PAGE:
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Farmers Almanac
The 2016 Farmers Almanac
Farmers' Almanac

Category — Food and Recipes

What The Heck is Scrapple?

November 9th is National Scrapple Day. Learn the origins of this Pennsylvania-Dutch breakfast food that is so popular in the Mid-Atlantic regions, it even has its own festival!

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Beer: It’s What’s For Dinner!

Oktoberfest celebrations may be coming to a close, but beer is still the main attraction and gives a boost of flavor to these delicious easy-to-make recipes!

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What The Heck Is Kuchen?

Kuchen means “cake” and this one is delicious! Learn the origins of this traditional German dessert and how to make it!

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Easy, Moist Chocolate Cupcakes

October 18th is Chocolate Cupcake Day! This simple recipe uses neither eggs nor butter, but relies on vinegar and baking soda for leavening, and the results are amazing!

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Which Pasta Shape Goes Best With Which Sauce?

Is there a reason why certain pastas are paired with specific sauces? How do you know which goes with which? We explain, plus give you a delicious recipe to try!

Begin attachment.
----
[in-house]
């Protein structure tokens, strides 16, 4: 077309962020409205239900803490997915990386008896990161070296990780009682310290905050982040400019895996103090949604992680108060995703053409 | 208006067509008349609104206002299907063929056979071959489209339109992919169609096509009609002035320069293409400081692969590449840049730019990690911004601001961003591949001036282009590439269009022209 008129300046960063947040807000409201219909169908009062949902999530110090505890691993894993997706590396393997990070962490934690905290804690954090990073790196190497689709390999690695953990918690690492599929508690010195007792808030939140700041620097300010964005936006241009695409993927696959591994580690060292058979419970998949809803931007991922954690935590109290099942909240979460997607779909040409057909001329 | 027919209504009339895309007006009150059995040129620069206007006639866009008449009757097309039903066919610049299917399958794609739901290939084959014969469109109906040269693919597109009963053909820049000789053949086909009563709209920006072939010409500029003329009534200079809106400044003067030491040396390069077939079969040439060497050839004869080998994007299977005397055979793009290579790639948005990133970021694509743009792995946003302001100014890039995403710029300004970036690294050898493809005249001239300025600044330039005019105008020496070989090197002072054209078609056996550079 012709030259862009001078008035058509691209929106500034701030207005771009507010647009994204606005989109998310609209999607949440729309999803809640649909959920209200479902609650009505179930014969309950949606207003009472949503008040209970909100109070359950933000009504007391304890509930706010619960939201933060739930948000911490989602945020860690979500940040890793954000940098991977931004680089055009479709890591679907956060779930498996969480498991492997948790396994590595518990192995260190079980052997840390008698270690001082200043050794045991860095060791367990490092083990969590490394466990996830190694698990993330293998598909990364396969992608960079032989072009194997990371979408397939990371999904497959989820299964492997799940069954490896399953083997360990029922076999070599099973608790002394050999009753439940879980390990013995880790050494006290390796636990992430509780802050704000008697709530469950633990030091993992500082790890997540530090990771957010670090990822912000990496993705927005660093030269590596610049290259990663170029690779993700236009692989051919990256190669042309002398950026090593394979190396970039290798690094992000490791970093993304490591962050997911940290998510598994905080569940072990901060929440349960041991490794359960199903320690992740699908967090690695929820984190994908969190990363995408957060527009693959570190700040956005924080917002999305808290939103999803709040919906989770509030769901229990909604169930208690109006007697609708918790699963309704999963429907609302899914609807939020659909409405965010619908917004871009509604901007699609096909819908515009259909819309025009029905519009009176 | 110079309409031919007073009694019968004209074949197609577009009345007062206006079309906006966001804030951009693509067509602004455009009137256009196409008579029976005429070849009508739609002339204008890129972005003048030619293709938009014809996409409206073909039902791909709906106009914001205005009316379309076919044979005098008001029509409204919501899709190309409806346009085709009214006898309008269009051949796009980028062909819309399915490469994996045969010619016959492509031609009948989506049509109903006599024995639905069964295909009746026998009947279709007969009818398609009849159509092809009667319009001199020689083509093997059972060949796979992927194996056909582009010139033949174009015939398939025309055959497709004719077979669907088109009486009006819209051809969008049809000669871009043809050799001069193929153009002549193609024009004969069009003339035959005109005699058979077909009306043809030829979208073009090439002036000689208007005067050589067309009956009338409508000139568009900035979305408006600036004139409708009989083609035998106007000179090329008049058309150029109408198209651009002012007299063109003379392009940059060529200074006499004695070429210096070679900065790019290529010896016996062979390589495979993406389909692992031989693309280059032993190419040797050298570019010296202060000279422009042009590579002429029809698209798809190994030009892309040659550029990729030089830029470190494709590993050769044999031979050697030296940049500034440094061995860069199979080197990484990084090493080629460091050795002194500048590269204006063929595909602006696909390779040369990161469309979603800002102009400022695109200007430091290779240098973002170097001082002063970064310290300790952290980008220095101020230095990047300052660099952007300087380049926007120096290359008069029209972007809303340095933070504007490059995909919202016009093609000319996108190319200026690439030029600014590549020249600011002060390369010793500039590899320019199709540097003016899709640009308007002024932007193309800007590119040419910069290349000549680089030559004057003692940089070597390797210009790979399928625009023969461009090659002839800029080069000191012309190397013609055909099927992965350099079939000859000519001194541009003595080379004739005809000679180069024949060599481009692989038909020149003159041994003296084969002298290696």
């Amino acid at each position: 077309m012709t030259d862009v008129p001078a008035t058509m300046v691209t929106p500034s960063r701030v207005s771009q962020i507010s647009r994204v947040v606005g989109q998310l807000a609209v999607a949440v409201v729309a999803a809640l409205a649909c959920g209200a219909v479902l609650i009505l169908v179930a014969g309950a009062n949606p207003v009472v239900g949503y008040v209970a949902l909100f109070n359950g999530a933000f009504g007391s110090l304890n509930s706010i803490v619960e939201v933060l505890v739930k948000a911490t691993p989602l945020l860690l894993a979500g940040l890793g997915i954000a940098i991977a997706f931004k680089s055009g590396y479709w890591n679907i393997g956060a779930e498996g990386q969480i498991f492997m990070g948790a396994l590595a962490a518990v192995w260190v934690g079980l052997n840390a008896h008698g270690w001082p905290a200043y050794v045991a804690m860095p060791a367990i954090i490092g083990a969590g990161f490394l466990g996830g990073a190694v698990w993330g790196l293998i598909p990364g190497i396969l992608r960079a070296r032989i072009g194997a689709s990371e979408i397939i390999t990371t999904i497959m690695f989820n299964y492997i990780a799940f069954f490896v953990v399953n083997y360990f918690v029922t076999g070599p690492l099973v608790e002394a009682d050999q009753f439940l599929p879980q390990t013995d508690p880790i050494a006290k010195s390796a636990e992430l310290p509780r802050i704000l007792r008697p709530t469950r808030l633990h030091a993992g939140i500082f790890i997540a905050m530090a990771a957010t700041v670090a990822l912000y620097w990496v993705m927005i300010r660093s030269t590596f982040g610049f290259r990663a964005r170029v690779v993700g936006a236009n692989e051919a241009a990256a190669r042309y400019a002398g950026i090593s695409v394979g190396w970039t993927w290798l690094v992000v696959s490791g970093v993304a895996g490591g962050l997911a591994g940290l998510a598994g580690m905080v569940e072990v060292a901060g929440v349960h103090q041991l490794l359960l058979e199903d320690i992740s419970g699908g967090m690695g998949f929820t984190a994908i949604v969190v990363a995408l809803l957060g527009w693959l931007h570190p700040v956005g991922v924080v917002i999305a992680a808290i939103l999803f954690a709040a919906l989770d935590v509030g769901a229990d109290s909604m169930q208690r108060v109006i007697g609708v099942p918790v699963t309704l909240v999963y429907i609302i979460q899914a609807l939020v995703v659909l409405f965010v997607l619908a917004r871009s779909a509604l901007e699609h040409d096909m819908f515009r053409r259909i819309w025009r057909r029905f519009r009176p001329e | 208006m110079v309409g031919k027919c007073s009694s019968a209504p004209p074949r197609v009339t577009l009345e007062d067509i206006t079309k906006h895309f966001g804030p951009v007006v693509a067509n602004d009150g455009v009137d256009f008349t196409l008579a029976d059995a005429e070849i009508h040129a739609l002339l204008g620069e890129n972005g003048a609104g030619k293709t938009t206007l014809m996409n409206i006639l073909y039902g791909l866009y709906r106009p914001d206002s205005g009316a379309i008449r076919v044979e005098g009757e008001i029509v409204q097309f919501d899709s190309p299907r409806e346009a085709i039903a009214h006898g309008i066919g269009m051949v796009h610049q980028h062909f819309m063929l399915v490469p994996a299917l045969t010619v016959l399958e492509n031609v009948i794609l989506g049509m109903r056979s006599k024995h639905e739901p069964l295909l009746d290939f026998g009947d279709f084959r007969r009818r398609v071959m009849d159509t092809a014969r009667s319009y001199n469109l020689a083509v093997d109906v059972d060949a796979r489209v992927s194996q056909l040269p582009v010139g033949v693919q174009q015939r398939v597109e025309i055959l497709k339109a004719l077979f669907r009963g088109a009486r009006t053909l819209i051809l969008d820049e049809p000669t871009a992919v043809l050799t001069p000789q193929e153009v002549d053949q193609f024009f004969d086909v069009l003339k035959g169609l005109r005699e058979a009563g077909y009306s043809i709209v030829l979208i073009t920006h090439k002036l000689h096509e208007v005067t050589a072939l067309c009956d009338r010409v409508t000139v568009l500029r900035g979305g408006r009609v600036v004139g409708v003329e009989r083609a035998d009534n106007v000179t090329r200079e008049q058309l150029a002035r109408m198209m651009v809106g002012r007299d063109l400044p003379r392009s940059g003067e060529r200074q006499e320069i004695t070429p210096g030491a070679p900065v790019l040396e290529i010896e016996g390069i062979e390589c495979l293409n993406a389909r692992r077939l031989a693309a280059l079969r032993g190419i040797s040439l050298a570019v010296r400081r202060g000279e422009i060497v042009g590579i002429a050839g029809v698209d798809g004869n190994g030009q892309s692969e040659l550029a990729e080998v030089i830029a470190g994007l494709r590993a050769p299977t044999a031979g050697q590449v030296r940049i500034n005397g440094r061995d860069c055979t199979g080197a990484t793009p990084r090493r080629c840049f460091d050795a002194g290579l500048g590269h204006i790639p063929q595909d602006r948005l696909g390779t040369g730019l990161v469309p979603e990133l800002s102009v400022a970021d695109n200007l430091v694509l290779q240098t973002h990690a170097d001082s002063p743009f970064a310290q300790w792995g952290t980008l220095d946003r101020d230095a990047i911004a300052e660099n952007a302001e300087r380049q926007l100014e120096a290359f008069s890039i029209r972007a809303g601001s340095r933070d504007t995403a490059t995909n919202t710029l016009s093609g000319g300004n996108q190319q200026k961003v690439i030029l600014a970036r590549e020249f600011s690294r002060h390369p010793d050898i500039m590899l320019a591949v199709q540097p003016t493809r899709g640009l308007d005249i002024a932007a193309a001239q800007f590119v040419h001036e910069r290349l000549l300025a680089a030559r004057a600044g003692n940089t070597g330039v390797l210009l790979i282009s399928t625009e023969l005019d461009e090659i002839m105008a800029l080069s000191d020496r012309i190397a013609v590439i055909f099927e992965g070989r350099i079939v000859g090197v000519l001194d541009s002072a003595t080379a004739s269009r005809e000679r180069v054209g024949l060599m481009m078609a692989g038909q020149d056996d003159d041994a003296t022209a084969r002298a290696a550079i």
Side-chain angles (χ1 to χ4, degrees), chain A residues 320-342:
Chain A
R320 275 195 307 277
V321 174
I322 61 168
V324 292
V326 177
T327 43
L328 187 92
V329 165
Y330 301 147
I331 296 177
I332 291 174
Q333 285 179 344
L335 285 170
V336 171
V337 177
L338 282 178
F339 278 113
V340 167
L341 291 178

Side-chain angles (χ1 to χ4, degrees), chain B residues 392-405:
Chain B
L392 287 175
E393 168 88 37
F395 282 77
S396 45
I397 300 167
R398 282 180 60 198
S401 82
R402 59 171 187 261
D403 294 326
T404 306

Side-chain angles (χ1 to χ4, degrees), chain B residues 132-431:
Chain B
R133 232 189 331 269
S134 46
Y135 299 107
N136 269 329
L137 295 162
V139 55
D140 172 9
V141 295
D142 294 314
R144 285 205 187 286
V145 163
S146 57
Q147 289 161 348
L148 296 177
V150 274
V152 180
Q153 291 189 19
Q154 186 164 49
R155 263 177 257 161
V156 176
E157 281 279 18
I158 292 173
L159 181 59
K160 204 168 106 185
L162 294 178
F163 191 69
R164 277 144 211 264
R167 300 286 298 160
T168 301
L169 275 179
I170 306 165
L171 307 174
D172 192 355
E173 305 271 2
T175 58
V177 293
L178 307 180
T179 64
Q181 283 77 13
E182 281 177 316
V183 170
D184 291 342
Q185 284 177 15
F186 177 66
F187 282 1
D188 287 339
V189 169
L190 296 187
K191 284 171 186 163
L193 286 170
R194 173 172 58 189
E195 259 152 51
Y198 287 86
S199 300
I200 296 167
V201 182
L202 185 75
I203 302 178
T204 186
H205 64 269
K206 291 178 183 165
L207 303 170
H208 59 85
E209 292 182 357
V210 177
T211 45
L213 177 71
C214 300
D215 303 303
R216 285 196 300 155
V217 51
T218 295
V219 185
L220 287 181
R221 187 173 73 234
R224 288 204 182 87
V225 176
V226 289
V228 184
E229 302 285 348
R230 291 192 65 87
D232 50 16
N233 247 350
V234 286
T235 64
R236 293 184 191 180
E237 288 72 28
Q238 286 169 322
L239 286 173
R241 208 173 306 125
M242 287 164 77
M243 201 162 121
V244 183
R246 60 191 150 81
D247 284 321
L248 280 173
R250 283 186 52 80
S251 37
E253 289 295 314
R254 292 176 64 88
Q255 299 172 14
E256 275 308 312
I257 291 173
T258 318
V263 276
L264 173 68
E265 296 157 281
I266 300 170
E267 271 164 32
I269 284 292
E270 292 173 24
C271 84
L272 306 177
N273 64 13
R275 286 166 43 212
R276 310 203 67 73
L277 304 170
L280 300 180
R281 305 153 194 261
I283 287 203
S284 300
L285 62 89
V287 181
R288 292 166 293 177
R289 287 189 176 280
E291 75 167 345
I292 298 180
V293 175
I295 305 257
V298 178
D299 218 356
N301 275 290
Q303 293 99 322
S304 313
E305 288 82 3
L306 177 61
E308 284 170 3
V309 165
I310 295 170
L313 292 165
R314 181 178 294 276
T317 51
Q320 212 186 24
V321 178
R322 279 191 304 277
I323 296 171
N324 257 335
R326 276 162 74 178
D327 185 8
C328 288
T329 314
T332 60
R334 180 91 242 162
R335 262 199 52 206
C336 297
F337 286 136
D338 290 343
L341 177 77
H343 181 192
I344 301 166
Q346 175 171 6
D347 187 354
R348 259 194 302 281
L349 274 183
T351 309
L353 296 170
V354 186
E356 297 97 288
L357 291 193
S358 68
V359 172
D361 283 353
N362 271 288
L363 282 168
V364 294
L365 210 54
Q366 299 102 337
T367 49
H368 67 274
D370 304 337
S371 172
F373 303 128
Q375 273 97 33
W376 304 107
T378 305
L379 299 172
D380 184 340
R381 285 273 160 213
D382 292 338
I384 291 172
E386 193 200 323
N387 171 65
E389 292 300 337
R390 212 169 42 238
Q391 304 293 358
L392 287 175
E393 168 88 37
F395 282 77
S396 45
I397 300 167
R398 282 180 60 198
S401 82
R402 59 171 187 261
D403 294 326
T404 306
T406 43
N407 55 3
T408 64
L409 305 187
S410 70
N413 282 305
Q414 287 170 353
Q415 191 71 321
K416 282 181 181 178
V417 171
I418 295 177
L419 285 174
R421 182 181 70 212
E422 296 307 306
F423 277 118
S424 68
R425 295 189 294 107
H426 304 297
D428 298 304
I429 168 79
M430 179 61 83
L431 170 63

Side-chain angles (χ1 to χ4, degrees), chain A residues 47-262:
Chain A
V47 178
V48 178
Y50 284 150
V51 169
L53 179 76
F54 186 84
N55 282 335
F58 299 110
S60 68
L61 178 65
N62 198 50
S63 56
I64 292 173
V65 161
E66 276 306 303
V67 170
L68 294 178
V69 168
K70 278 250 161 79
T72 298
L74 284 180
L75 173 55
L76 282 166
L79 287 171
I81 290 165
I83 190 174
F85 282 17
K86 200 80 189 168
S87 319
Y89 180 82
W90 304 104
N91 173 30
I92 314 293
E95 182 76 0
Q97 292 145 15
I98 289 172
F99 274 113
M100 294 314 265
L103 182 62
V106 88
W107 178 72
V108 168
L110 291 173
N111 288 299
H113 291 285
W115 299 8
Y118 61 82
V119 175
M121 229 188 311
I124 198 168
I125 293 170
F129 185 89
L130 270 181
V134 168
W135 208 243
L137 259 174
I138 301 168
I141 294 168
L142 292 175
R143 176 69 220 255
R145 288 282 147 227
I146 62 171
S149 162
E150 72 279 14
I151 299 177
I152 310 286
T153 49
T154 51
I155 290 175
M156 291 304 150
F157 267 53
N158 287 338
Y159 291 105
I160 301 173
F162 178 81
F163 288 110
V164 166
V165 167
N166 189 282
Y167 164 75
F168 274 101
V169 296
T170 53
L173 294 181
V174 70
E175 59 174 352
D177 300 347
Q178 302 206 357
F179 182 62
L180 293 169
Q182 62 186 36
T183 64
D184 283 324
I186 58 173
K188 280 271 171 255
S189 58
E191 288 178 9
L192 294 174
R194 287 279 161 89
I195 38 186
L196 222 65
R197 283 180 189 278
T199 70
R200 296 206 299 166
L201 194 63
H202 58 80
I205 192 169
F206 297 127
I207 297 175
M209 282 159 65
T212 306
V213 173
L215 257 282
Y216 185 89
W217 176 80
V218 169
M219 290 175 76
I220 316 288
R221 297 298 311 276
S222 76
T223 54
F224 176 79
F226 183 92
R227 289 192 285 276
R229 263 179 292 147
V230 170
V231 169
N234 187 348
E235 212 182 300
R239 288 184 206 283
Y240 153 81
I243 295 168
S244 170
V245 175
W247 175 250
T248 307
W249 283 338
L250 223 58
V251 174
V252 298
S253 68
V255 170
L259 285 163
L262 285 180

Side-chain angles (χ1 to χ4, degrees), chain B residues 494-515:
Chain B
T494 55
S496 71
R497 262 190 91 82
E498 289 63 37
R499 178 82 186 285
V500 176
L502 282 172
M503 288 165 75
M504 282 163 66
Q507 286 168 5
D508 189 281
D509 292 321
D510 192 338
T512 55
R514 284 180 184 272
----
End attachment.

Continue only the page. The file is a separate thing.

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What’s For Breakfast Around The World?

Learn which foods people start the day with in Australia, India, and other countries around the world!

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5 Surprising Foods You Didn’t Know You Could Make In A Crock Pot

Your favorite appliance does more than soups and stews! Put it to work in a new way with these easy and delicious recipes!

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Are You Ready for National Lobster Day?

Do you have what it takes to crack into this succulent crustacean? Be armed and ready with trivia, plus tips on how to eat them the “Maine” way!

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If you notice a hole in the upper left-hand corner of your Farmers' Almanac, don't return it to the store! That hole isn't a defect; it's a part of history. Starting with the first edition of the Farmers' Almanac in 1818, readers used to nail holes into the corners to hang it up in their homes, barns, and outhouses (to provide both reading material and toilet paper). In 1919, the Almanac's publishers began pre-drilling holes in the corners to make it even easier for readers to keep all of that invaluable information (and paper) handy.

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